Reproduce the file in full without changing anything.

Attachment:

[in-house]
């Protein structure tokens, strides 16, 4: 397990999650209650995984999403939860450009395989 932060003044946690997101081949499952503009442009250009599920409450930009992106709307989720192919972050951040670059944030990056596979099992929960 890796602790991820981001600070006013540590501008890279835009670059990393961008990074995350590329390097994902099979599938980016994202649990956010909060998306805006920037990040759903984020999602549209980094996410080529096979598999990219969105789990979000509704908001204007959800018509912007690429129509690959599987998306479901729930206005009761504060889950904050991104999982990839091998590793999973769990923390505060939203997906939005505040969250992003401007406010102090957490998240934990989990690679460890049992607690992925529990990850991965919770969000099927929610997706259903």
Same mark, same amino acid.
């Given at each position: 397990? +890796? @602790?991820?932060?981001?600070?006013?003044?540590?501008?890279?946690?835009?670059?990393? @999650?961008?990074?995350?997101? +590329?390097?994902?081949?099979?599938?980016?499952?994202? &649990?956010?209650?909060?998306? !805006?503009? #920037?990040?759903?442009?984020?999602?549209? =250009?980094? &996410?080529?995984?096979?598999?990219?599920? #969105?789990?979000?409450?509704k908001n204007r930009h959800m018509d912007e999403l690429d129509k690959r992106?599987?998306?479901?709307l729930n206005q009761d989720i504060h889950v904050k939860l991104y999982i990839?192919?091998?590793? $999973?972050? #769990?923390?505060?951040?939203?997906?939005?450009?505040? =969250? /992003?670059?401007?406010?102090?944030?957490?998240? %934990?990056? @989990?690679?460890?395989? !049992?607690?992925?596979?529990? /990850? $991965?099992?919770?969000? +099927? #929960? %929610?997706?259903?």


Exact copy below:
[in-house]
């Protein structure tokens, strides 16, 4: 397990999650209650995984999403939860450009395989 932060003044946690997101081949499952503009442009250009599920409450930009992106709307989720192919972050951040670059944030990056596979099992929960 890796602790991820981001600070006013540590501008890279835009670059990393961008990074995350590329390097994902099979599938980016994202649990956010909060998306805006920037990040759903984020999602549209980094996410080529096979598999990219969105789990979000509704908001204007959800018509912007690429129509690959599987998306479901729930206005009761504060889950904050991104999982990839091998590793999973769990923390505060939203997906939005505040969250992003401007406010102090957490998240934990989990690679460890049992607690992925529990990850991965919770969000099927929610997706259903």
Same mark, same amino acid.
């Given at each position: 397990? +890796? @602790?991820?932060?981001?600070?006013?003044?540590?501008?890279?946690?835009?670059?990393? @999650?961008?990074?995350?997101? +590329?390097?994902?081949?099979?599938?980016?499952?994202? &649990?956010?209650?909060?998306? !805006?503009? #920037?990040?759903?442009?984020?999602?549209? =250009?980094? &996410?080529?995984?096979?598999?990219?599920? #969105?789990?979000?409450?509704k908001n204007r930009h959800m018509d912007e999403l690429d129509k690959r992106?599987?998306?479901?709307l729930n206005q009761d989720i504060h889950v904050k939860l991104y999982i990839?192919?091998?590793? $999973?972050? #769990?923390?505060?951040?939203?997906?939005?450009?505040? =969250? /992003?670059?401007?406010?102090?944030?957490?998240? %934990?990056? @989990?690679?460890?395989? !049992?607690?992925?596979?529990? /990850? $991965?099992?919770?969000? +099927? #929960? %929610?997706?259903?």